Submenus have their own submenus. A short list involves settings for motors, sounds, stability control, shifting, battery, steering, brakes, and more. Launch control offers separate settings for high, medium, or low-traction pavement. That control is exiled in a screen menu rather than close at hand on an analog switch.

The Hyundai lets drivers adjust the percentage of power sent to the front or rear wheels, a design feature likely inspired by AWD rally racers. Yet that onscreen feature was so impenetrable that it took Hyundai's own personnel a good 10 minutes to make it work due to preconditions that locked us out: Not a hopeful sign for newbie owners or the digitally challenged. A pair of steering wheel "N" buttons does help rescue users lost in digital weeds, however, storing custom settings for performance parameters.

Light blue 2025 Hyundai Ioniq 5 N parked on gravel.Ben Sager for Capital One

Big Money or Big Value? It Depends on Your Perspective

That technological stumble aside, the 2025 Ioniq 5 N marks another winner from Hyundai Motor Group — which also includes the Genesis and Kia brands — whose efforts have made it a global industry leader in design, tech, and value.

Depending on one's perspective, the Ioniq 5 N is either dearly priced or a sweetheart of a deal. It costs more than $24,000 above a base version of the Ioniq 5. The price difference over an Ioniq 5 Limited with all-wheel drive is just under $8,000. My test car's striking coat of matte-blue paint and optional floor mats kicked the price up to $68,675.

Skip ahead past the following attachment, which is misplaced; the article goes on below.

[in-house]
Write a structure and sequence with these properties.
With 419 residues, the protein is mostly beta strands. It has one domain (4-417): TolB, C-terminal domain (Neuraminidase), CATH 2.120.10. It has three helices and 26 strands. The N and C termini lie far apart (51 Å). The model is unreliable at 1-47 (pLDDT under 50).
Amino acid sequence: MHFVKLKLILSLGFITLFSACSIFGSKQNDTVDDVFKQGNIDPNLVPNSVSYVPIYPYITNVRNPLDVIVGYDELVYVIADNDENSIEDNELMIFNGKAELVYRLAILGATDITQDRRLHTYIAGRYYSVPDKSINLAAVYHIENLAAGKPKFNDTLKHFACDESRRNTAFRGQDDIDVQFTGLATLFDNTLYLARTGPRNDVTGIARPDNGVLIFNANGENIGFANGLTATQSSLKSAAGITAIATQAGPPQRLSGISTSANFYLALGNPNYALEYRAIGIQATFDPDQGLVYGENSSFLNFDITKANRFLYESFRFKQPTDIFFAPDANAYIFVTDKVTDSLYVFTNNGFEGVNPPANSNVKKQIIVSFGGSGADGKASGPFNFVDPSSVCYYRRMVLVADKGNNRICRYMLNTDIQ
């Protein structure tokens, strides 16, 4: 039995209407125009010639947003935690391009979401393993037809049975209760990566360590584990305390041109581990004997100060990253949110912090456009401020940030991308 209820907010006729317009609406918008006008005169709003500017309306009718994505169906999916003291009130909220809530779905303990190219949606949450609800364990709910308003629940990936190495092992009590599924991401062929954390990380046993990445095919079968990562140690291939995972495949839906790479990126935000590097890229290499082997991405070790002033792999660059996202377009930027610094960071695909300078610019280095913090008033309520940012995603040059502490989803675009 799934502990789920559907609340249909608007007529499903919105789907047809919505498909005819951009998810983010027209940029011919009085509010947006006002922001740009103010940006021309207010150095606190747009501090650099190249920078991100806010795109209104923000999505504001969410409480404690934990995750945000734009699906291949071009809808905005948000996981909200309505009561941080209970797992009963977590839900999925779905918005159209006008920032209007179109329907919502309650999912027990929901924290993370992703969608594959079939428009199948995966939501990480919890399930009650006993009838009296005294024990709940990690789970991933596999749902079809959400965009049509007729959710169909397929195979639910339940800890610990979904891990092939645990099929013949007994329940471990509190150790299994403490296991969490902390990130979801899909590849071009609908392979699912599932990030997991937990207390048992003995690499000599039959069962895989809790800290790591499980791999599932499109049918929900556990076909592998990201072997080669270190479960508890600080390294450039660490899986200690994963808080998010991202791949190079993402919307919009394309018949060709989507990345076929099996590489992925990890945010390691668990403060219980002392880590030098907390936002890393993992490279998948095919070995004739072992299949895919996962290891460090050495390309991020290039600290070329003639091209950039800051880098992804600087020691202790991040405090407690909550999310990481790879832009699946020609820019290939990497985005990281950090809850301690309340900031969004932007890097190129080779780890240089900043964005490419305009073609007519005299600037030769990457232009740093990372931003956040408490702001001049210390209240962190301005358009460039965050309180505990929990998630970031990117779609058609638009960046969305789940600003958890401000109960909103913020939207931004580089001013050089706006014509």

That's big money for a Hyundai, yet the Ioniq 5 N will run rings around any Tesla Model Y, along with several luxury SUVs with internal-combustion engines that cost $90,000 or more.

Hyundai will seek to bolster its bragging rights by sending a showroom-equipped Ioniq 5 N to the Pikes Peak International Hill Climb in Colorado this year, aiming to set a world record for electrified SUVs. The Ioniq 5 N was also recently named World Performance Car of the Year.

For Hyundai, the hits and the trophies just keep on coming.

Hyundai provided the vehicle for this 2025 Ioniq N review and paid for airfare, lodging, and meals during the evaluation period.

This site is for educational purposes only. The third parties listed are not affiliated with Capital One and are solely responsible for their opinions, products and services. Capital One does not provide, endorse or guarantee any third-party product, service, information or recommendation listed above. The information presented in this article is believed to be accurate at the time of publication, but is subject to change. The images shown are for illustration purposes only and may not be an exact representation of the product. The material provided on this site is not intended to provide legal, investment, or financial advice or to indicate the availability or suitability of any Capital One product or service to your unique circumstances. For specific advice about your unique circumstances, you may wish to consult a qualified professional.
author photo
Lawrence Ulrich
Lawrence Ulrich is an award-winning auto writer and regular contributor for a variety of national newspapers, magazines, and web sites. He and his territorial cat are Brooklyn-based. Lawrence is also the proud owner of a fast-but-frustrating 1993 Mazda RX-7 twin-turbo R1.